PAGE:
Ok, so this may sound like an odd title for a wild food blog entry but hang in there! I Think Therefore I Eat is an amazing book in which I had the honour of not only reviewing during the summer of 2018, but I also got the opportunity to write an endorsement which appears in the book. Last week, this must-havebook was officially released by Turner Publishing in Tennessee.
The greatest philosophers throughout time were the original foodies. To eat or not to eat? Ok, so that’s an easy question to answer. The question that has become exceedingly difficult to answer is: what to eat? That’s a deep and profoundly difficult question to answer in today’s world.
More times than not, all of us wander through a grocery store searching for healthy food choices only to become dazed and confused. Being a fervent label reader is now mandatory in order to try and make healthy food choices; but even then, there are always some ingredient names that leave you perplexed.
Martin Cohen has brilliantly captured what we, as consumers of food, need to know. I Think Therefore I Eat is well-researched and in particular I want to mention one of the countless pieces of information he brings to the reader.
Azodicarbonamide is frequently used to bleach flour, it is in many hamburger and hot dog buns, and it turns up in many fast food products. On August 9, 2001, the Chicago Tribune and the LA Times reported that the morning commute turned nightmarish when a semitrailer overturned on an expressway. It dumped a toxic chemical onto the hot pavement and releasing clouds of vapour into the morning heat. This toxic substance was highly flammable and caused many to fear the worst. Even residents in three nearby high-rises had to be evacuated. All this happened because of something you may be eating – azodicarbonamide.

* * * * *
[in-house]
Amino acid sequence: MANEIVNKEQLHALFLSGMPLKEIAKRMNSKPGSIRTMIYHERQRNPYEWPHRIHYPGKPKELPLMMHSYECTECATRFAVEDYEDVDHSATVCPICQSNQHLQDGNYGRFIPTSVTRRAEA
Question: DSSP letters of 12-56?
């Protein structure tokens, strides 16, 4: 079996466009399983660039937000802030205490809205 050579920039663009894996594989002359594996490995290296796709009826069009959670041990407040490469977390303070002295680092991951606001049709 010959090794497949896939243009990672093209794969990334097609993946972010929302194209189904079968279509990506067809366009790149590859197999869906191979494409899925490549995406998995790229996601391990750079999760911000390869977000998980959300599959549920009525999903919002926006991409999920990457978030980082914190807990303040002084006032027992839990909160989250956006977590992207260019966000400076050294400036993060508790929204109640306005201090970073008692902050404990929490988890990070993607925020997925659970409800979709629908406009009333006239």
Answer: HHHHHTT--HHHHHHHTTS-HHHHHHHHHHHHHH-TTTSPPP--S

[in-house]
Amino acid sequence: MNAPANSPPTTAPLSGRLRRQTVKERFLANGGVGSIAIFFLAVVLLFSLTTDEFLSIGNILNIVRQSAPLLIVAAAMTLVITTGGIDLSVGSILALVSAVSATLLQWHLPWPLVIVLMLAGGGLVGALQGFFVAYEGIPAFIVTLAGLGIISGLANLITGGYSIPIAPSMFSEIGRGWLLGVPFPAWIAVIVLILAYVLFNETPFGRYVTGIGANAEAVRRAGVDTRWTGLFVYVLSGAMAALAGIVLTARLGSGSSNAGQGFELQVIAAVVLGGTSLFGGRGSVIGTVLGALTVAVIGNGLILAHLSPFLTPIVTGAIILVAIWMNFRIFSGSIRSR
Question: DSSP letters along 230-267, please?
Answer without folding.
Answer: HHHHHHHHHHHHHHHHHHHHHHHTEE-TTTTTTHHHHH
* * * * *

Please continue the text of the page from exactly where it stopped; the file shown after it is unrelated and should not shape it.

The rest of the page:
Food for Thought
If you hunger for a fresh taste of food truth then you’ll find Martin Cohen’s I Think, Therefore I Eat will serve up an insightful culinary feast that will nourish your mind.
I Think Therefore I Eat is a thought-provoking, incredibly well-researched book that is hard to put down from the moment you start reading it. Cohen presents not just philosophical thoughts, but solid facts from credible sources that are sure to stir up “food for thought” for the reader. This is an insightful, important book that should be read by anyone who is concerned about what they eat.
Some of you may be asking yourselves, ok, but what has this book got to do with a wild food blog? This question has two answers. 1) Being a wild food educator I feel it is very important for people to know what goes on in the food industry – after all – all these additives and how produce is grown has a massive effect on your health. 2) As I was reading this incredible book there was a part in which I was humbled – the author discusses purslane and in that segment, lets the reader know about EdibleWildFood.com.
This is a book in which I feel is really important to read to get a better understanding of what is going on and why taking time to eat healthy is vital.
No one thought to ask the philosophers, those rational individuals devoted to truth, ethics, and reason, what they think – until now. In my opinion, they got the best philosopher. Martin Cohen, BA, PGCE, PhD is a writer, editor and reviewer with an international reputation for explaining complex issues which cut across subject boundaries in a clear and entertaining way. He is Editor of The Philosopher, one of the world’s oldest philosophical magazines. He has also been a contributing writer for The Guardian, The Daily Telegraph and The Independent, and has written many successful books.
Further Reading: The Philosophy of Wild Foods